May Hashem inscribe and seal you and your family and friends into the Book of Good Life, and make this Rosh Hashanah  not in Gallus.  May we be able to perform all the Avodos of Yom HaKippurim like it was in days of old, Amein, Kein Yi'hi Ratzon.

A Kesiva V'Chasima Tovah, Shanah Tova U'Mesuka, and Gut Shabbos to you and your family!

Friday, September 8, 2017

Parshas Ki Savo Messages 5777

פּרשׁת כּי תבוֹא:
The Sages Say: 

This day Hashem your G-d commands you to do these Statutes and Ordinances, and you shall guard and you shall do them with all your heart and with all your Soul.’ (Devarim 26:16) 

Says Rashi HaKadosh (from Midrash Tanchuma):  Every day, they (the Commandments) should be new in your eyes, as if in that very day you were commanded regarding them. 

(We usually do a longer Chazal for this section, but the above one, though only around a line, is so meaningful and important to take to heart, I chose it). 


A “Lamdanishe” Insight: 

An Arami tried to destroy my father, and he descended to Egypt…’ (Devarim 26:5) 

Aside from the general connection, why, we may ask, are Lavan tricking Yaakov Avinu and Yaakov descending to Egypt put together, seemingly as if saying that one caused the other?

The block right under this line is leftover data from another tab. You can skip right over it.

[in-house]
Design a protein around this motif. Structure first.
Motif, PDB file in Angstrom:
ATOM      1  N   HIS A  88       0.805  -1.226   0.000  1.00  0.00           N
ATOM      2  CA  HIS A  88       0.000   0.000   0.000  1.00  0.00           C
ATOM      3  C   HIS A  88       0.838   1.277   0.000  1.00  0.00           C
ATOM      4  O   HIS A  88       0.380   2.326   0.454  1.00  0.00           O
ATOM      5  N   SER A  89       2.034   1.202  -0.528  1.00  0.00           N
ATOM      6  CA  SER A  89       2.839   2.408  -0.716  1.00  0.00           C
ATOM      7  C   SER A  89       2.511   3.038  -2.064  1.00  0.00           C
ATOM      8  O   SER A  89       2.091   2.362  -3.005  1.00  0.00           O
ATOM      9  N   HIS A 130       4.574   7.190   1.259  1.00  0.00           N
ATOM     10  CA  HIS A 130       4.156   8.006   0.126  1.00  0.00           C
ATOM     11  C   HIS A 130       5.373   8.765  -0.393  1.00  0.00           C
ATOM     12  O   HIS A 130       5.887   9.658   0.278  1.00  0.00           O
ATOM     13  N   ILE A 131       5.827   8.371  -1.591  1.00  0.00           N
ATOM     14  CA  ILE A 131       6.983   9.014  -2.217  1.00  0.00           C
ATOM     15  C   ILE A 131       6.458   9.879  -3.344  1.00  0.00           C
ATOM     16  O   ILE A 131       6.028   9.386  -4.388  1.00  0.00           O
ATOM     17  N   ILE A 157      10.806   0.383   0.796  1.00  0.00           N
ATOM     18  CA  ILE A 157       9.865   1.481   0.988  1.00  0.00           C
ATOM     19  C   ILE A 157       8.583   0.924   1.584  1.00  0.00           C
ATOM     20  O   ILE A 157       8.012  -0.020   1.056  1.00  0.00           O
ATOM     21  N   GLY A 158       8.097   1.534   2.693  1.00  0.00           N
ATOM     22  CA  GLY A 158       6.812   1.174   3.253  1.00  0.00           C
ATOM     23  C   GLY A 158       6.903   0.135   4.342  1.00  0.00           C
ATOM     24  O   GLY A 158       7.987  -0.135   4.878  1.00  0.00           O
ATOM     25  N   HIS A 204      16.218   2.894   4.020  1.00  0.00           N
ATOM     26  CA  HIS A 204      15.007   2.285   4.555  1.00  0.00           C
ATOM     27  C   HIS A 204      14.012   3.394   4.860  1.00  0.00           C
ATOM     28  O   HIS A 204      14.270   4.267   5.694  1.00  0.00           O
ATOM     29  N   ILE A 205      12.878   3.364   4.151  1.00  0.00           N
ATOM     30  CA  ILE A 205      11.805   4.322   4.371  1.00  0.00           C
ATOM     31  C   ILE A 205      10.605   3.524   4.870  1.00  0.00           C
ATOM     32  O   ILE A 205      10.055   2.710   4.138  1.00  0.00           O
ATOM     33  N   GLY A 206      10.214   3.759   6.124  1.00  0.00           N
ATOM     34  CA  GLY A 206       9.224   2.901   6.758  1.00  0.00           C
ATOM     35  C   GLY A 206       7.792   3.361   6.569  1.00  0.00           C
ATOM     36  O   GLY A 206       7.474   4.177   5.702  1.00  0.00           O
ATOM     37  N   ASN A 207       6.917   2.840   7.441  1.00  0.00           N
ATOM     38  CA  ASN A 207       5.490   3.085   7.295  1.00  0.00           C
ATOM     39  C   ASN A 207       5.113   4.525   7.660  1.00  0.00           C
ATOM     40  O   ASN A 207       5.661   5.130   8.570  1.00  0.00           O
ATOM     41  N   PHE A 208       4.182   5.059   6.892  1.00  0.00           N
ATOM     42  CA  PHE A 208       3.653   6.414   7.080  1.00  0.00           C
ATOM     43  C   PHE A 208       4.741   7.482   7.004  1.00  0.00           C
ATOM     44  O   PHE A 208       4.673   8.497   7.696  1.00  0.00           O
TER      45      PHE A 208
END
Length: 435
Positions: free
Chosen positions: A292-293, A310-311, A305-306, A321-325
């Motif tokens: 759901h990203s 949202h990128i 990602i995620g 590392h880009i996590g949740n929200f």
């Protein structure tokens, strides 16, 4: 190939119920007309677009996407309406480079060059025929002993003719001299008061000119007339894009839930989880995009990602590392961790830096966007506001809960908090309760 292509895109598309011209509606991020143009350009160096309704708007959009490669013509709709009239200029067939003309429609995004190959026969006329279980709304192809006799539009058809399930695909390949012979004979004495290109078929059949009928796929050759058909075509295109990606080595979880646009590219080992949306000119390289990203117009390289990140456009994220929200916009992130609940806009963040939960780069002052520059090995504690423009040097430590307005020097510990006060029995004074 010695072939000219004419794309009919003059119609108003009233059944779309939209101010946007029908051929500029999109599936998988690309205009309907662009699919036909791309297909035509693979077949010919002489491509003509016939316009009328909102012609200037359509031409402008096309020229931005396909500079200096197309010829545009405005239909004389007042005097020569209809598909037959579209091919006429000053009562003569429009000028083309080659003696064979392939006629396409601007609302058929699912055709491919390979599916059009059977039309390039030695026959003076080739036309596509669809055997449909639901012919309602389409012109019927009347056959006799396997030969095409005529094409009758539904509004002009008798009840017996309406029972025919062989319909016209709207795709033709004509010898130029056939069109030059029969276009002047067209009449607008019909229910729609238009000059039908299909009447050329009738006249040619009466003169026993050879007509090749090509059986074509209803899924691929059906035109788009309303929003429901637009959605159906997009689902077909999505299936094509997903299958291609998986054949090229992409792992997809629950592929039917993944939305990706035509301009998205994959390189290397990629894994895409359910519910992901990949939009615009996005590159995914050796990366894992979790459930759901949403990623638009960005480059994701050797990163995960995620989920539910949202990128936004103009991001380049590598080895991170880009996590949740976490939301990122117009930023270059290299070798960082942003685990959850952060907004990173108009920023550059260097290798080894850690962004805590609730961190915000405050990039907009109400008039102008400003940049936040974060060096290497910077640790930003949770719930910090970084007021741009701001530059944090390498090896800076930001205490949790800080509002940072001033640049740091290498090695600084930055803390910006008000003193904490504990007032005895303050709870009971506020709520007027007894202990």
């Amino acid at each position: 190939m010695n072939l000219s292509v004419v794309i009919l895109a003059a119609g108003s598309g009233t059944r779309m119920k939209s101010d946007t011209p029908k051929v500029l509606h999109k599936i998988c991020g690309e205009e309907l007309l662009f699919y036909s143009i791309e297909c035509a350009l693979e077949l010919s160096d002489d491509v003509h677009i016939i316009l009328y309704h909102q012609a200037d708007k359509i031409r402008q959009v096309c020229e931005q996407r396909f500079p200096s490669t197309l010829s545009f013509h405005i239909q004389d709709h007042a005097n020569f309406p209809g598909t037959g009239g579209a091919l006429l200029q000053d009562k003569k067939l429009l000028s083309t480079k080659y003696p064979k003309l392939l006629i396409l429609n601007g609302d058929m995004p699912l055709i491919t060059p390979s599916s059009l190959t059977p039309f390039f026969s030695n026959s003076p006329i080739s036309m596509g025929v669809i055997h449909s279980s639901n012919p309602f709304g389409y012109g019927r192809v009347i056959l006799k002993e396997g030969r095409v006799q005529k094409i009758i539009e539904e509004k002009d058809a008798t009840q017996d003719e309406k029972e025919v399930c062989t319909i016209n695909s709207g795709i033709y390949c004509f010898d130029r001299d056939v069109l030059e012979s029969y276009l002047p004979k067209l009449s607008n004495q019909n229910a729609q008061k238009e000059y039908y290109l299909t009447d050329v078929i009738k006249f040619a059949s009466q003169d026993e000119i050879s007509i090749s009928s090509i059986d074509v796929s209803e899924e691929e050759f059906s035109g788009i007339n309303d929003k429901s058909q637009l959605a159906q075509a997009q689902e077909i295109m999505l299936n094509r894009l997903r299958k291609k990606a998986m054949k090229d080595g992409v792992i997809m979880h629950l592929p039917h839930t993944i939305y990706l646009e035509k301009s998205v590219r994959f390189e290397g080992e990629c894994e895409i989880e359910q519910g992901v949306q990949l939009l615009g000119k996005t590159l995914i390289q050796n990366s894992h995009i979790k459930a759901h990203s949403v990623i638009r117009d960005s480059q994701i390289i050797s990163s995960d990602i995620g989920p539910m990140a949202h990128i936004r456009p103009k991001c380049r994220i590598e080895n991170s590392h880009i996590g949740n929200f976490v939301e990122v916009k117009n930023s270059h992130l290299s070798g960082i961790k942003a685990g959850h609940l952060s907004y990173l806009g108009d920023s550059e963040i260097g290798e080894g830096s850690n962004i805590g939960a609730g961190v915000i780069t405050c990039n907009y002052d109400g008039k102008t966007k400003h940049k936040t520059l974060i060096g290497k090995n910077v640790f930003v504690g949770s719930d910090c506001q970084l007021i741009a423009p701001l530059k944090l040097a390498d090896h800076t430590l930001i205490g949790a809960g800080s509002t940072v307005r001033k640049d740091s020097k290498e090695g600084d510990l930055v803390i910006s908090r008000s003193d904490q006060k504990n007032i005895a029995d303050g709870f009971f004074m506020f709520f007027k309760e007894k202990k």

Explains the Alshich HaKadosh:  One did cause the other:  Since Lavan tricked Yaakov Avinu and gave him Leah first, then Yosef HaTzaddik ended up not the firstborn, and thus, when Yaakov Avinu did special things for him, etc. it caused jealousy among the brothers, which eventually led to Yosef going down to Egypt.  For if Yosef HaTzaddik had been the firstborn, his brothers would not have been jealous of him, because a firstborn is entitled to certain things. 

(Of course Hashem orchestrated things so that Yosef would end up in Egypt before Yaakov Avinu, but the Alshich HaKadosh explains to us the chain of events that took place, and how the two topics in the verse are connected). 


Mussar Message: 

And it will be when you will come to the Land that Hashem your G-d gives to you as an inheritance, and you will take possession of it, and you will dwell in it.  And you shall take from the first of all the fruit of the ground...’ (Devarim 26:1-2)